Thursday, 6 April 2017

Here be Dragons!

Dragons occur in myths from all around the world.  Some are concerned with the creation of the universe e.g. the biblical account of creation.  The words serpent and dragon are often used interchangeably. In the Bible dragons (or Leviathan) represent evil or the devil e.g. in the Book of Revelation.

Dragons were usually aggressive solitary creatures, which lived in caves, marshes or lakes or on hilltops.  They ate livestock and people.

Saints who were also dragon slayers include St Michael, St George, St Carantoc, St Margaret, St Petroc and St Dubricius.  The parish church in Porlock is dedicated to St Dubricius.   In Somerset dragons were also slain by a bishop, a knight, a landowner, a woodman and local villagers.

Somerset has more dragon legends that most British counties.  The stories were handed down through the generations and some have undoubtedly been lost.  

Most of the legends involve people killing dragons:
  1. Norton Fitzwarren: a dragon lived on the Iron Age hillfort and was killed by a local man called Fulk Fitzwarin
  2. Carhampton: a Celtic saint named St Carantoc defeated a dragon which lived on the marshes.
  3. Bicknoller: there is a legend that a dying dragon will try and reach the sea, which is why there is a Dragon's Cross at Bilbrook.
  4. Shervage Wood: the Gurt Wurm or Great Worm was cut in half by a woodman from Stogumber.  One part ran to Bilbrook and the other to Kingston St Mary.
  5. Kingston St Mary: a dragon lived nearby and breathed out flames, which it used to cook its animal and human victims.  A villager rolled a large stone down a hill into its mouth and killed it.
  6. Churchstanton: a dragon was slain by a valiant knight.
  7. Castle Neroche: a dragon stole treasure from passing travellers but it was eventually drowned by local villagers.
  8. Aller: there are several versions of the story.  One is that John Aller killed a dragon with a spear.
  9. Dulcote: a dragon with the face of a woman was terrorising the area.  It was slain with a sacred sword from Glastonbury by Bishop Jocelyn of Wells. 
  10. Kilve: a dragon called Blue Ben went into the sea to cool off but got stuck in the mud and drowned when the tide came in.
There are physical representations of dragons still in existence in Somerset from the 8th or 9th centuries to the present day.  Many dragons are to be found on or in churches.  The reasons for this may be any or all of the following:
  1. To ward off evil spirits
  2. To illustrate local legends
  3. To illustrate the lives of the saints who were involved with dragons
  4. Purely decorative
  5. To represent the victory of Christianity over Paganism.
There are many different types of dragons:
  1. Dragon: this has four legs, wings and a long tail
  2. Wyvern: this has legs and wings but no arms
  3. Cockatrice or basilisk: - this has the head and legs of a cockerel with the tail of a dragon. Cockatrices were small, dangerous and lived in underground holes.
  4. Great Worm or Flying Serpent
  5. Amphisbaena: this has two heads
  6. Ouroboros: this is a dragon biting its own tail
  7. Multi-Headed Dragon
  8. Arachnidraco: this has the head of a dragon on an elongated neck, a body with 2 legs and a venomous stinging barb at the tip of its tail.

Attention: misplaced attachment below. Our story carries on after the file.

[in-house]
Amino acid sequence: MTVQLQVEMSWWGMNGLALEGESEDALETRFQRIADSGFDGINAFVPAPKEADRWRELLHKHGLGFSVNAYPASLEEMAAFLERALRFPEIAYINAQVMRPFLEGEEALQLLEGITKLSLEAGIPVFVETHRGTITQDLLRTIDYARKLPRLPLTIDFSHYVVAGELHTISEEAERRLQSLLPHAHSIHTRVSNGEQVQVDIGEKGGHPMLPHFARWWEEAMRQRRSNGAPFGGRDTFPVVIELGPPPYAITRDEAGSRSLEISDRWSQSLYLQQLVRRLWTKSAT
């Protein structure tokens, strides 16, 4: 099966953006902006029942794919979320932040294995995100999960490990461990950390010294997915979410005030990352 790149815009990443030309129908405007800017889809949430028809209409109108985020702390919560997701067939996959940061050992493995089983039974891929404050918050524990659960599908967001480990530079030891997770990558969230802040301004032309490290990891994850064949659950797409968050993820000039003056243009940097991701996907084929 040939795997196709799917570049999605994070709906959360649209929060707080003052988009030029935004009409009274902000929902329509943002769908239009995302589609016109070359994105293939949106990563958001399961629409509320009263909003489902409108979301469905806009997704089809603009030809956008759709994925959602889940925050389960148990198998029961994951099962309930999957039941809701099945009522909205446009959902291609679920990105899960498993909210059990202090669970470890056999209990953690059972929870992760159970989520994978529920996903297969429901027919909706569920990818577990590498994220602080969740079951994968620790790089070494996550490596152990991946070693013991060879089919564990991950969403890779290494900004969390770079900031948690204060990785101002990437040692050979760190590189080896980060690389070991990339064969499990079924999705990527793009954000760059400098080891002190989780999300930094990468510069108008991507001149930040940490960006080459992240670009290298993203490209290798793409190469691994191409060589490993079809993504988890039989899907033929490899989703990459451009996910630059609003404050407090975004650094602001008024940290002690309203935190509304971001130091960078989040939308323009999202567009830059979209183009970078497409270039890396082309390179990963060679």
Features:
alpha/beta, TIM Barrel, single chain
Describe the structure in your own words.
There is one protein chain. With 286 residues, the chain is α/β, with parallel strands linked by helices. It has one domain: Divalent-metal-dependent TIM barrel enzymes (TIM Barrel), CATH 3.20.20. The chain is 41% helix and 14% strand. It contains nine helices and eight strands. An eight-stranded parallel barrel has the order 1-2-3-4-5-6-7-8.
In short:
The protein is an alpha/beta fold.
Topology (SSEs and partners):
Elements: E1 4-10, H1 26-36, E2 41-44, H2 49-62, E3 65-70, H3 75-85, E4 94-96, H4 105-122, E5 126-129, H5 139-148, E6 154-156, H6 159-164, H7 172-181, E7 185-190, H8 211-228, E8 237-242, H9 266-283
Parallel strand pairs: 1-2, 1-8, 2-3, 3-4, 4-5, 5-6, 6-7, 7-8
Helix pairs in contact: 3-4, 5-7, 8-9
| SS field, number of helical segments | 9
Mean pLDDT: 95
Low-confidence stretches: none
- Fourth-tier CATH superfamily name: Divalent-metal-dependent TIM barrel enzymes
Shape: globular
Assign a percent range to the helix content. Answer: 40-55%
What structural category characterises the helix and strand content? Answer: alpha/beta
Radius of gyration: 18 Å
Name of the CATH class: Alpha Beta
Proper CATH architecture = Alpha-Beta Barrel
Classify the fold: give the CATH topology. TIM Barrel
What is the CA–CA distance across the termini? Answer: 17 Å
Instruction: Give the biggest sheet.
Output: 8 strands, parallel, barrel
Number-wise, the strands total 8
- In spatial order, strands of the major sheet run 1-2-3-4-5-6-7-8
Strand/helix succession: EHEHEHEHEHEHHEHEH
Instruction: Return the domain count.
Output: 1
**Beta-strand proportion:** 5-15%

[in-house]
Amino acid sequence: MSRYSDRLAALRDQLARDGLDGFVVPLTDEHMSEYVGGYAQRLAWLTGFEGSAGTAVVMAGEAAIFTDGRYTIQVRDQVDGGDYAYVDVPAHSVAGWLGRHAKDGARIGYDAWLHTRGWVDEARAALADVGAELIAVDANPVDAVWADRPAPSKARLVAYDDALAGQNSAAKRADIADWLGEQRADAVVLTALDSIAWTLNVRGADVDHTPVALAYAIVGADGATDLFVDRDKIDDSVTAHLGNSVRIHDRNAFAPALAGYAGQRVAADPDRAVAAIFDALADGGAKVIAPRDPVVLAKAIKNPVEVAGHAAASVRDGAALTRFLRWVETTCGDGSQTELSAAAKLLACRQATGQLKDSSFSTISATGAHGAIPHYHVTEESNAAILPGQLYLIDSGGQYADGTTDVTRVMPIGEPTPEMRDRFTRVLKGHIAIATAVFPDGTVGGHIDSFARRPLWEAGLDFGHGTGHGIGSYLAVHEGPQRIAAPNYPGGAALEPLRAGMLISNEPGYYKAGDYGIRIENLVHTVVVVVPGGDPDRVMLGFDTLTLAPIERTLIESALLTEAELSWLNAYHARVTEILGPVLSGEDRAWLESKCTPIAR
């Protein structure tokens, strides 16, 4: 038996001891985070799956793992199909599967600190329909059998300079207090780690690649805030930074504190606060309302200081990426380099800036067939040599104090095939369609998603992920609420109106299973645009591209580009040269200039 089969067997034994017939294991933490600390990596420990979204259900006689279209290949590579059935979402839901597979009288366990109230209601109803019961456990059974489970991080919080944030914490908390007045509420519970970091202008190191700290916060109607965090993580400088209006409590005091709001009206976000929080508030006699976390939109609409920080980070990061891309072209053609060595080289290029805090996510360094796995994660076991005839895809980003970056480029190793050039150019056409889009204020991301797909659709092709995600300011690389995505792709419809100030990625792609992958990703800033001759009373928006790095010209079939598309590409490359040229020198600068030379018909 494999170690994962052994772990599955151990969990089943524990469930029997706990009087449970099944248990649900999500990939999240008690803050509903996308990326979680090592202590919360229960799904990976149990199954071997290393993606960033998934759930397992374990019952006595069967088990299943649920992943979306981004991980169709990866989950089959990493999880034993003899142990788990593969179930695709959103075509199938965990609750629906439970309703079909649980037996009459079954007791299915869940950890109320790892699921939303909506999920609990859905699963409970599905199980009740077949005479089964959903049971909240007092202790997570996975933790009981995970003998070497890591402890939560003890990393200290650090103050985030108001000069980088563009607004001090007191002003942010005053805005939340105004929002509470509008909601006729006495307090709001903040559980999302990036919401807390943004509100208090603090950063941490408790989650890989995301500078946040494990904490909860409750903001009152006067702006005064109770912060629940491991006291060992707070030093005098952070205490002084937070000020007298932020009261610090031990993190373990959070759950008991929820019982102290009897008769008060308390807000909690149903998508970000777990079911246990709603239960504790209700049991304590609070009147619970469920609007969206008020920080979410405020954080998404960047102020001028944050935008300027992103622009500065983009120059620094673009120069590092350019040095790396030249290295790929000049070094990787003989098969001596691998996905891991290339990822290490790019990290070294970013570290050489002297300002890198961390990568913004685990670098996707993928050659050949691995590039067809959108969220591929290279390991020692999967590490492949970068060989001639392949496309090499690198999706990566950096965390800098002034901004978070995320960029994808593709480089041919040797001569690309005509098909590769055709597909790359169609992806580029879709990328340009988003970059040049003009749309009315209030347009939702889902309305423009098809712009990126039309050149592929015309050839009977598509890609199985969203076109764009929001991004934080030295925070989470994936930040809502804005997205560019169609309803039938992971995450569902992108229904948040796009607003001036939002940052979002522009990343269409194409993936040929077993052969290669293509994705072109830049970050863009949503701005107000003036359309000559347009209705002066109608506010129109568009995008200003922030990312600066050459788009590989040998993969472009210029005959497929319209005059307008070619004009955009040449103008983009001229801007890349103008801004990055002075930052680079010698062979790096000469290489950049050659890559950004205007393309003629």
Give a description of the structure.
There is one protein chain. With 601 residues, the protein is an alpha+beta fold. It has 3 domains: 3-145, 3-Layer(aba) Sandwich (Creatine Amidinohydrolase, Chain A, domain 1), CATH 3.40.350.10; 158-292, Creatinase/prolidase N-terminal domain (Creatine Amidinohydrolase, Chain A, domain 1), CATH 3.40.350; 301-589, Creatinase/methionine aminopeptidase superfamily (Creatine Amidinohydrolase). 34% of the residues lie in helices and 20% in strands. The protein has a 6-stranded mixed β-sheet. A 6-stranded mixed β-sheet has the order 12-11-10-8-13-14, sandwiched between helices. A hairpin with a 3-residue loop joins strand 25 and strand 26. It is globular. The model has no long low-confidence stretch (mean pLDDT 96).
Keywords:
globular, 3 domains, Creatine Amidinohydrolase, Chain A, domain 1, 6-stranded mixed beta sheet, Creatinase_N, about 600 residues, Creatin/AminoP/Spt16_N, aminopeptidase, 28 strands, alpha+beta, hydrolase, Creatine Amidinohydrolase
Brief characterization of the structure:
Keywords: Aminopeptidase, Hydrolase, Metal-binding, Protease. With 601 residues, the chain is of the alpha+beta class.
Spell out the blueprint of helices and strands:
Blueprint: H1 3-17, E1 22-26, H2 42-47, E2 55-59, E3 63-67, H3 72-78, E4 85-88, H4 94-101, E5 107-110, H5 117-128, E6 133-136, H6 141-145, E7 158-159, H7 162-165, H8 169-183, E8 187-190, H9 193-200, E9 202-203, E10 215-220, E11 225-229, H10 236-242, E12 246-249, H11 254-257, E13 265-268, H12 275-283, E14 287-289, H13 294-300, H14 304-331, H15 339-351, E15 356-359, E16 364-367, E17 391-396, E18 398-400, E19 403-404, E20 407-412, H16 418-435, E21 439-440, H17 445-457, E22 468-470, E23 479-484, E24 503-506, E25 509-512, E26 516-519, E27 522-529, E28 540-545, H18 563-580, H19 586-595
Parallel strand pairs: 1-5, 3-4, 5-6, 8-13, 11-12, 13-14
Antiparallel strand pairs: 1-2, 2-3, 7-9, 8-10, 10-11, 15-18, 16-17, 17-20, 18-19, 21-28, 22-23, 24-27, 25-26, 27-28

9. Sea dragon/serpent
  10. Facie Humanusdraco: this has the face of a human (usually a woman) but the body of a dragon.
A dragon was adopted by Somerset County Council as its symbol in 1906.  It was officially registered in 1911 when a coat of arms was granted to the County Council.  Somerset County Council's dragon is a red dragon rampant holding an upright blue mace in its forelegs on a gold background.


 Wyvern Mosaic, Magdalen Lane, Taunton


Somerset County Cricket Ground, Taunton

 Flying dragon on a house in Watchet

Dragon on one of Wiveliscombe's "Totem Poles"

Taunton Library's dragon

Dragon slaying at East Stoke Church  
This is one of the earliest representations of a dragon slaying in Britain.  It is possibly Saxon but the identity of the dragon slayer is not clear.  It is thought that it is not St Michael, as he is always depicted with wings and it is too early to be St George.

Nettlebridge - dragon door hinges

Kingston St Mary Seat

Queen's College, Taunton

King's Arms, Staplegrove Road, Taunton

Dragon at Runnington

Runnington's only dragon?

Dragon on a shield at North Cadbury Church

Two headed dragon at Crowcombe Church

Dragon slaying at Hatch Beauchamp Church

Hatch Beauchamp - this dragon appears to be defecating!

Dragon Slaying, Hatch Beauchamp

Amphisbaena or two headed dragon on a bench end in East Brent Church
Many thanks to Hazel and Jacob for finding the bench and taking this photo for me.
 

 Dragons guarding County Hall in Taunton

 Traditional Somerset County Council Dragon

Modern Somerset County Council Dragon, Taunton Library
 
Green Dragon Pub, South Street, Wellington
Dragons on the entrance doors to St Barnabas Church, Queen Camel
 
Sea serpents on the font at St Barnabas Church, Queen Camel
 
Cockatrice
Bench end, St Michael's Church, North Cadbury

This may be dragons hatching from eggs or possibly just two snails!
Bench end, St Michael's Church, North Cadbury
 
St Margaret escaping from a dragon
Bench end, St Michael's Church, North Cadbury
 
Dragon Slaying on a Misericord, Wells Cathedral
 
St George killing a dragon
Bench end in St George's Church, Dunster
 
St George killing another dragon
Bench end in St George's Church, Dunster
 
Two amphisbaena dragons
Church of St Peter and St Paul, Churchstanton
This used to be a bench end but is now mounted on the front of the gallery

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